Since the unlawful unilateral change in this case was a failure to maintain the benefits of Plan 1 during the contract hiatus, this is not a situation in which it is impracticable to restore the status quo ante, i.e., the economic structures of Plan 1, with attendant reimbursement of out of pocket costs, from the time of the unilateral change until the time the interest award took effect. Cf. Ozaukee County, supra, at 12. Contrary to the Union's argument, restoring the status quo ante does not require the parties to maintain these benefits until the following May 1, because in this case the status quo as between the City and bargaining unit employees was not coterminous with the contact between the City and the insurance carrier. Although the amounts in question are probably small, given the happenstance that only two days lapsed between the City's change in benefits and the arbitration award, restoration of the status quo ante along with make-whole relief has traditionally served the deterrence as well as compensatory purposes of the Commission's remedial scheme. Indeed, as we conceive the violation here, the Union and its members would gain a windfall if the City were compelled to reinstate the Plan 1 benefits for nearly a year beyond the date on which both parties agreed (presumably for consideration given) that Plan 2 would become effective.

Having concluded that make whole relief is sufficient to redress the unilateral change in benefits here, we nonetheless acknowledge the Union's contention that make whole relief spanning as little as two days may not deter future violations of this nature, in that public employers may feel free to take the calculated risk where little money is likely to be at stake.

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The Union argues that employers can only be deterred from such conduct by an extraordinary remedy, such as attorney's fees. Cf. Clark County, Dec. No. 30361-B (WERC, 11/03) at 19. We agree with the Examiner that this case is not appropriate for attorney's fees, as the issue addressed here (the contours of a necessity defense) had not been well elucidated in previous Commission decisions.

However, the Commission's case law is now well developed that unilateral changes in the status quo regarding health insurance during a contract hiatus are unlawful, even if the changes are consistent with both parties' tentative agreements, unless the parties have specifically agreed that a change may be implemented prior to receiving an interest arbitration award or otherwise concluding negotiations. The parties are free to try to negotiate over handling foreseeable contingencies during a hiatus, but they are expected to know by now that they may not impose unilaterally a solution that suits their own sense of practicalities. Accordingly, the Commission is likely to look favorably at future requests for attorney's fees in cases of this nature, where the issues involve settled questions of law.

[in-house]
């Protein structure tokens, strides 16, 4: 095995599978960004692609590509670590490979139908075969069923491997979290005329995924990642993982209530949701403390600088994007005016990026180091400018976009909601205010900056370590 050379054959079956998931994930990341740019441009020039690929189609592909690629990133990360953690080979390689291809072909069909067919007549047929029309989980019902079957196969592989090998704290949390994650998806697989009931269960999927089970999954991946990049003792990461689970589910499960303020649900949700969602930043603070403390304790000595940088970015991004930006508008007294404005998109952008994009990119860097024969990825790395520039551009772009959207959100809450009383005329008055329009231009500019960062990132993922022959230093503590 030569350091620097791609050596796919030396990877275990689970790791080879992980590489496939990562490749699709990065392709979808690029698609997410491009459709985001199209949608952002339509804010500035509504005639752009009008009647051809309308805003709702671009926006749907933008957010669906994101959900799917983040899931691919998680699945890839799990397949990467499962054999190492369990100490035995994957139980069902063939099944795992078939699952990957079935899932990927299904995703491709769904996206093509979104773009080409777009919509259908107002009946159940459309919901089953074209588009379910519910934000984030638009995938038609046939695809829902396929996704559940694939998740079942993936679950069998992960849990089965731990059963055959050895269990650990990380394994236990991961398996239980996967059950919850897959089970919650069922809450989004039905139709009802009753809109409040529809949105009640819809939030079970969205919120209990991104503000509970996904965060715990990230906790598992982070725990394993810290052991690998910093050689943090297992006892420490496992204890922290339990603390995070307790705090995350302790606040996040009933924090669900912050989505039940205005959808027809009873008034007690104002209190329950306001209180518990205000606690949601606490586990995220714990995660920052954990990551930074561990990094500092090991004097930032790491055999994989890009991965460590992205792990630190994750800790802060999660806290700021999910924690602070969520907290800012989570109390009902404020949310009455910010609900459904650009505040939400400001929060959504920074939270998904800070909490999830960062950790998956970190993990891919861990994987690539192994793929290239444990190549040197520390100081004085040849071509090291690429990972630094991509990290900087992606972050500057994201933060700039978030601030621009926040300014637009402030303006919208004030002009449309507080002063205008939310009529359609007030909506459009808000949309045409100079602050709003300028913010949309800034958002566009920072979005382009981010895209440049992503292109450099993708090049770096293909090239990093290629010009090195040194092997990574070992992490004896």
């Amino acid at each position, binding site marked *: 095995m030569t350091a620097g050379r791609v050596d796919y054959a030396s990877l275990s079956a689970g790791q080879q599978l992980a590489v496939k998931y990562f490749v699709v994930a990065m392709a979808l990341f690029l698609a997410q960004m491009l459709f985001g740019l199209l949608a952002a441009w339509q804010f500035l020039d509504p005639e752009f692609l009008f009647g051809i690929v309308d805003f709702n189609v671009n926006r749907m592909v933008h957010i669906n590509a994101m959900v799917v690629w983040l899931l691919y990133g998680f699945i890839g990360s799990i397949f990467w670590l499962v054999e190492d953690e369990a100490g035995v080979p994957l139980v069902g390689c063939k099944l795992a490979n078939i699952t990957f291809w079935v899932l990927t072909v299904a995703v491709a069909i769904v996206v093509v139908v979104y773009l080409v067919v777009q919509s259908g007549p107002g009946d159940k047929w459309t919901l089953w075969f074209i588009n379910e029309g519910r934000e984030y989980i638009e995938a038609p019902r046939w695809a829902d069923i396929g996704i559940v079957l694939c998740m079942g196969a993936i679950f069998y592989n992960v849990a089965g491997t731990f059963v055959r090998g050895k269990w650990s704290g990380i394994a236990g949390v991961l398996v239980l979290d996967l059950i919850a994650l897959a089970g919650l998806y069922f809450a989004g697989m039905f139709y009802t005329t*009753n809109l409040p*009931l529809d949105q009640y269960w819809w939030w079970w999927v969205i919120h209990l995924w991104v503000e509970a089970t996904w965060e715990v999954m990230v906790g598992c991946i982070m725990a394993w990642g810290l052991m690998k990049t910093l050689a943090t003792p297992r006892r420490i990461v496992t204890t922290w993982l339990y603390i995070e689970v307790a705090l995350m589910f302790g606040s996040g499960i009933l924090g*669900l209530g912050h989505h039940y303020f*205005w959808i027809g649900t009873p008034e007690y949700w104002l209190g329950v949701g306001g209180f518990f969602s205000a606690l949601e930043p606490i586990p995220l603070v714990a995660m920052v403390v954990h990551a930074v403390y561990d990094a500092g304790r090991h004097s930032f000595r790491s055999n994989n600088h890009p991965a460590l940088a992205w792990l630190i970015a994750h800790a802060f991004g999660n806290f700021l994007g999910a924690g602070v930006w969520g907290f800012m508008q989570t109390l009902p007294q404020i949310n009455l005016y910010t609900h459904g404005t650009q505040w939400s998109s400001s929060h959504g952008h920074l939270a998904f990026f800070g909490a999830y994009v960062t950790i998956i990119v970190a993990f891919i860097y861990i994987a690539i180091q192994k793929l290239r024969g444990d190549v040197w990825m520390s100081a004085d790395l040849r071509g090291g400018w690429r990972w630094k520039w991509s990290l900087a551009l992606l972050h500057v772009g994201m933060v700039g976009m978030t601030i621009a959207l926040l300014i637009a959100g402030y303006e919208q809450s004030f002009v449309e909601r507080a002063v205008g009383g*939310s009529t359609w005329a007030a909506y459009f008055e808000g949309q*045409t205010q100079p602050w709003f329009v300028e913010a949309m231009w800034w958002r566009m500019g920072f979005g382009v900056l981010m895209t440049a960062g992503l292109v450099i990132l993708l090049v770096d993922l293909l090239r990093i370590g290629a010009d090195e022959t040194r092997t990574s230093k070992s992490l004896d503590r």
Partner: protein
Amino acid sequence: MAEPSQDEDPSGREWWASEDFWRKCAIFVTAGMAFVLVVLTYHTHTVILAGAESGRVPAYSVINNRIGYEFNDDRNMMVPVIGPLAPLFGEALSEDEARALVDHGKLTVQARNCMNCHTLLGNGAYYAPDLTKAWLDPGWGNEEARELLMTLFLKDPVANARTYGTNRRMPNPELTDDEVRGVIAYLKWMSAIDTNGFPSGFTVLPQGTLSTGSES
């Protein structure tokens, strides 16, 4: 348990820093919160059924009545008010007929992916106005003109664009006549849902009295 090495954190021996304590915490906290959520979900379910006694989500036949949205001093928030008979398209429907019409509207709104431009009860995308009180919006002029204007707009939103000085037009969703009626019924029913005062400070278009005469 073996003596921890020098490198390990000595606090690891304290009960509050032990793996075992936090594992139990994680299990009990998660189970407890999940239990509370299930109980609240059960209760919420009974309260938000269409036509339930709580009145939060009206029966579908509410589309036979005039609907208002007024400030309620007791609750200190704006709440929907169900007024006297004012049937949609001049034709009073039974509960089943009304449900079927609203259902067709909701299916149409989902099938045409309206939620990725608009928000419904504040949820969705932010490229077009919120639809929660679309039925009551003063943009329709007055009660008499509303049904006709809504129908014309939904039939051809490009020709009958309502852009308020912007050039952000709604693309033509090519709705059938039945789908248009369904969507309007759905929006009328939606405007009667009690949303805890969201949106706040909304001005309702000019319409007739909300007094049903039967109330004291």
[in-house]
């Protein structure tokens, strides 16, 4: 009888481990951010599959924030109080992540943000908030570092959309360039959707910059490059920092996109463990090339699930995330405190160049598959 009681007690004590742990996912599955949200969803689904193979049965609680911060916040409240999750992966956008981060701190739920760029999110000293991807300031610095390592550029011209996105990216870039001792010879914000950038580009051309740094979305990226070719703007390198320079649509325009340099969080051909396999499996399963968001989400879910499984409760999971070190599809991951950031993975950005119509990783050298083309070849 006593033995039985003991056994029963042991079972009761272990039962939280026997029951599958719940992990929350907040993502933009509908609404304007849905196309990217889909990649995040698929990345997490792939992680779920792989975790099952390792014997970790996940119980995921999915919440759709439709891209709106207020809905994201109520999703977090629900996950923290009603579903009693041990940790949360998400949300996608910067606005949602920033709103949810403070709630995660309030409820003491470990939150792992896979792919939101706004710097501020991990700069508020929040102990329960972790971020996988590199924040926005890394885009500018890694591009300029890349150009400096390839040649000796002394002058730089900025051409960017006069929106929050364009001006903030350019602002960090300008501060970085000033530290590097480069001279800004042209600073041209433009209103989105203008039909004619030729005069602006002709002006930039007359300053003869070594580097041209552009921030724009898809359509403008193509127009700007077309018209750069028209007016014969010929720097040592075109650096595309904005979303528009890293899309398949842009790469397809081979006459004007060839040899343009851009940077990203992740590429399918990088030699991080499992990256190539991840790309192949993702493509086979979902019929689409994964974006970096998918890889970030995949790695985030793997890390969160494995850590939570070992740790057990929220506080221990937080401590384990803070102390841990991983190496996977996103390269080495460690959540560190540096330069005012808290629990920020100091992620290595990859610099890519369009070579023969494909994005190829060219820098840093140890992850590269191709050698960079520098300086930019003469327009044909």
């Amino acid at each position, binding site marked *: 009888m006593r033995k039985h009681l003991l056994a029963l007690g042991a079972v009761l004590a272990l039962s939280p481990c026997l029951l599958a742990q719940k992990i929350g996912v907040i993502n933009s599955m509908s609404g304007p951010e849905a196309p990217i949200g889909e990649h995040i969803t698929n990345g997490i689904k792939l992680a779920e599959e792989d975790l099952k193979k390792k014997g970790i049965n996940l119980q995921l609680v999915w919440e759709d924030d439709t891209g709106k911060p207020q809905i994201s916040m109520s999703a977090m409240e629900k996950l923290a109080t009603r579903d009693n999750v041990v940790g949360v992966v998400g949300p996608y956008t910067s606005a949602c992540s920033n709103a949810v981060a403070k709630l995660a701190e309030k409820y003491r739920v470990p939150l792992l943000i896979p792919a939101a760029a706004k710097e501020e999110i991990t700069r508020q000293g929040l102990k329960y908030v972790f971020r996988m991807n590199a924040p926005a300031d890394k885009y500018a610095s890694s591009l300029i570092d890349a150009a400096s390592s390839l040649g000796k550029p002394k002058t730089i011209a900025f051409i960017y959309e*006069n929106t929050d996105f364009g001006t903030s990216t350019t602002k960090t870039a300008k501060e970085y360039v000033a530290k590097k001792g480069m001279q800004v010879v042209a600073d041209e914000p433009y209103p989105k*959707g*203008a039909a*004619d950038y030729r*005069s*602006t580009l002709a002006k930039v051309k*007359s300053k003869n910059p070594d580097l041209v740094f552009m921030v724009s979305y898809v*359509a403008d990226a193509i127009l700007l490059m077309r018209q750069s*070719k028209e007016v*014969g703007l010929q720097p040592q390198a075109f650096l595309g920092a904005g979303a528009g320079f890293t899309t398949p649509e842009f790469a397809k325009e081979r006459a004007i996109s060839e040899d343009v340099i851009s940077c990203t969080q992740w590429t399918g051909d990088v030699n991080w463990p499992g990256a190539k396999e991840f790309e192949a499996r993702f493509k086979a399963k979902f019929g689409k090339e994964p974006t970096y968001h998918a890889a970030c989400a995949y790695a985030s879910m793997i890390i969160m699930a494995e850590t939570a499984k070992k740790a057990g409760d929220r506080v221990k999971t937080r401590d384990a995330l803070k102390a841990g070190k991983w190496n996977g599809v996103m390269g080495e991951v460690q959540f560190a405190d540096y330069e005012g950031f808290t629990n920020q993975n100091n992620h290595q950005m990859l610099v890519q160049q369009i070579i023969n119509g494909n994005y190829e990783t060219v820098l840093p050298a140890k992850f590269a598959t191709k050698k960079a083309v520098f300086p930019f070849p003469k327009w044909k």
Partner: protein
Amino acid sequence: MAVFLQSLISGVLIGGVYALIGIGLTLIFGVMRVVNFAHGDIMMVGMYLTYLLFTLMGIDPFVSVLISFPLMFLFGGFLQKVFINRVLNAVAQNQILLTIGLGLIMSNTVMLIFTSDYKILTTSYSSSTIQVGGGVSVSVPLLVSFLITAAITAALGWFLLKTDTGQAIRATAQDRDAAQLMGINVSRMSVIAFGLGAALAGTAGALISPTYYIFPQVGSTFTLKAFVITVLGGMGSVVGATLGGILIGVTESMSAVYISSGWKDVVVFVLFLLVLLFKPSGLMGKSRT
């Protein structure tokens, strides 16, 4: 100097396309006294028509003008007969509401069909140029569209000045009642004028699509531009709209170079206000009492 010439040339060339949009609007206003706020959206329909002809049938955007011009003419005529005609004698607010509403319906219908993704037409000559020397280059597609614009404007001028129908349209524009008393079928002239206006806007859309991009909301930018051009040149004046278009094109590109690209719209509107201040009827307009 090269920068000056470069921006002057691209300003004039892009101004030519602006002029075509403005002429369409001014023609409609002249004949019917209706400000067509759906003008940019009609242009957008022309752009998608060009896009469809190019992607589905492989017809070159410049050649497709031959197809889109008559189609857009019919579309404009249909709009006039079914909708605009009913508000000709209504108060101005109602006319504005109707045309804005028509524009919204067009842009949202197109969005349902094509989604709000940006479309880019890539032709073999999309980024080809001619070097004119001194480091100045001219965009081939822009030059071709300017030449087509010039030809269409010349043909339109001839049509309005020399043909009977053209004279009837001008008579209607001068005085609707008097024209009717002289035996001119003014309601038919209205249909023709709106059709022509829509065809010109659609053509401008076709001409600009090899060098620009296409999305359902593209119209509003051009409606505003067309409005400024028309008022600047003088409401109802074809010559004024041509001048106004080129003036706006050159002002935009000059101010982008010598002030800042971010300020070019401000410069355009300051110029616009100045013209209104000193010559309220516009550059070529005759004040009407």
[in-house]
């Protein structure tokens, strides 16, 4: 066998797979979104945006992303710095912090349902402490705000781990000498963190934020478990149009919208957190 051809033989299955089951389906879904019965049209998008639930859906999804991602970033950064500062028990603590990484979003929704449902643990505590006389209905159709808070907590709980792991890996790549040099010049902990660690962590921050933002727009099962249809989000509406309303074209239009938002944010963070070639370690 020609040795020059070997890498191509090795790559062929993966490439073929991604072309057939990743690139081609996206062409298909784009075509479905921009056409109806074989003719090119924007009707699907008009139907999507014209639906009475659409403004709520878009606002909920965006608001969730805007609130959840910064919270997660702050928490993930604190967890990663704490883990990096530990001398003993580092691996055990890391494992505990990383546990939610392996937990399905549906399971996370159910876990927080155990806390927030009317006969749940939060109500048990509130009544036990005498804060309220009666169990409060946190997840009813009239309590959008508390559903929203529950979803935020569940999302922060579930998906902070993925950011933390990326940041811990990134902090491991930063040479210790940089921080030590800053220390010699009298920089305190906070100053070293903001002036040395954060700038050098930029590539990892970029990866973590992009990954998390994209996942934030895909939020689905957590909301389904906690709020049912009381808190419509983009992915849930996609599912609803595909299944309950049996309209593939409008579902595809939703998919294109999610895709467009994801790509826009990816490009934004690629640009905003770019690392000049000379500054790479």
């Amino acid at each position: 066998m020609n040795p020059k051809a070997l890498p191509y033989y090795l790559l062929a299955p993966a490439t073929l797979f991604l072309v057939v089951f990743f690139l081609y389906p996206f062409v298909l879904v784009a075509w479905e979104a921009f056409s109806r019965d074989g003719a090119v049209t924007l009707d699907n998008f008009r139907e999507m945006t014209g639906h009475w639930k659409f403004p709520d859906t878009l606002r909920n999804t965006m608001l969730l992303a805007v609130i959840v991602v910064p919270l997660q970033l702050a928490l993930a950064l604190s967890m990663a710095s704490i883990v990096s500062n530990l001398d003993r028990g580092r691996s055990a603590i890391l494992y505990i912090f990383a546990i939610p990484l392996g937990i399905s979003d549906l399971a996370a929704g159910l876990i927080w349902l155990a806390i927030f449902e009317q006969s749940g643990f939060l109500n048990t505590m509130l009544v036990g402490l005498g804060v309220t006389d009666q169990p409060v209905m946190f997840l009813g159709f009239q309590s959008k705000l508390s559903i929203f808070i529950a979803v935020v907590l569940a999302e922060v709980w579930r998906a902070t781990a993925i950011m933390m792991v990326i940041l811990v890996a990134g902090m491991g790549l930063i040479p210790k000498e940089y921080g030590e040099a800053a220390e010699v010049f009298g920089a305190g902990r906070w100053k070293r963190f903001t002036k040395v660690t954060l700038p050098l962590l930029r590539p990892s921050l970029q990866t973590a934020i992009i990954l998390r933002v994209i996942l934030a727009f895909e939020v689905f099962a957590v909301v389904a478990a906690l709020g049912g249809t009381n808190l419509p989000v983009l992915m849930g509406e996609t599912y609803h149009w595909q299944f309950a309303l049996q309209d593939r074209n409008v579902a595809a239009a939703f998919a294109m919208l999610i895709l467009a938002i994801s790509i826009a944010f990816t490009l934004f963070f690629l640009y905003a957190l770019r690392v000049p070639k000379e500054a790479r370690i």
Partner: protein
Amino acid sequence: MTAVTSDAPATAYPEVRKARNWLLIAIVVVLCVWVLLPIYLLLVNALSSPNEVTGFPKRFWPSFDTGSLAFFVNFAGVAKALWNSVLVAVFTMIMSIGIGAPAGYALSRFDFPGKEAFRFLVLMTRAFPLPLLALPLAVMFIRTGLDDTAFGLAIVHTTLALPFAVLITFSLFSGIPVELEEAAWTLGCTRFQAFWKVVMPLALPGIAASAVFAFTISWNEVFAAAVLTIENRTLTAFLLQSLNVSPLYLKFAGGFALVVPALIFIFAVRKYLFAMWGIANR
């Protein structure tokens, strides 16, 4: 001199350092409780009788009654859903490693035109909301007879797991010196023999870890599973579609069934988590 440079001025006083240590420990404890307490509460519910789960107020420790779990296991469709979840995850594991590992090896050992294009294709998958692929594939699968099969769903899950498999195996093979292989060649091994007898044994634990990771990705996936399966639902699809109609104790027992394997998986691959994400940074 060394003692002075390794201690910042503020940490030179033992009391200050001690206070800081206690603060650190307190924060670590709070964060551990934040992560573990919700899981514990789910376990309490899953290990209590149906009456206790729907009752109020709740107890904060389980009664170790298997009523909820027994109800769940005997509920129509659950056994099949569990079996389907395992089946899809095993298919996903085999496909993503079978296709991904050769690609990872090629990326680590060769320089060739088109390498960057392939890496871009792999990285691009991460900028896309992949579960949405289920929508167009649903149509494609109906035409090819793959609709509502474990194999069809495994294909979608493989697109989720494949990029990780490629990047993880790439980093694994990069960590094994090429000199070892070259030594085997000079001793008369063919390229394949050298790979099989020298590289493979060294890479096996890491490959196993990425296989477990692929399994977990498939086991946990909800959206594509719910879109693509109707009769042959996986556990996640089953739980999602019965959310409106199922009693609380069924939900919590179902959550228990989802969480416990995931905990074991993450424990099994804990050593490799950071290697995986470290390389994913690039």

Dated at Madison, Wisconsin, this 2nd day of June, 2005.


Judith Neumann, Chair

Paul Gordon, Commissioner

Susan J. M. Bauman, Commissioner



1. The Union argues that the Commission should not entertain the City's challenges to the Examiner's decision, because the City did not file a petition for review within the requisite 20 days. However, "It is well settled that 'a petition for review opens the entire Examiner decision for affirmation, modification or reversal. See Secs. 111.07(5) and 111.70(4)(a), Stats.; Trans America Insurance Co. v. DILHR Department, 54 Wis.2d 252 (1971) State v. Industrial Commission, 233 Wis. 461 (1940); Green County, Dec. No. 26798-B (WERC, 7/92).' Clark County, Dec. No. 30361-B (WERC, 11/03) at 12." Edgerton Fire Protection District, Dec. No. 30686-B (WERC, 2/05) at 22 n.7. Accordingly, we will respond to the City's challenges even though they were raised in response to the Union's petition for review.

2. We note that the National Labor Relations Board articulates the availability of a similar "economic exigency" defense in unilateral change cases. The Board has characterized such an exigency as "'extraordinary events which are "an unforeseen occurrence, having a major economic effect [requiring] the company to take immediate action. '" RBE Elecronics of S.D., Inc., 320 NLRB 80 (1995), citing Bottom Line Enterprises," 302 NLRB 373 (1991), Enf'd, 15 F. 3d 1087 (9th Cir. 1994). See discussion in Gorman and Finkin, Basic Text on Labor Law (2d Ed. Thomson-West 2004) at 606-07.

3. We also emphasize that the City's action in this case ostensibly represented the only way the City could implement the insurance plan that inevitably would be the outcome of the pending interest arbitration award. The competing equities might very well compel a different result if an employer entered into a third party contract that was potentially at odds with the outcome of collective bargaining and/or interest arbitration.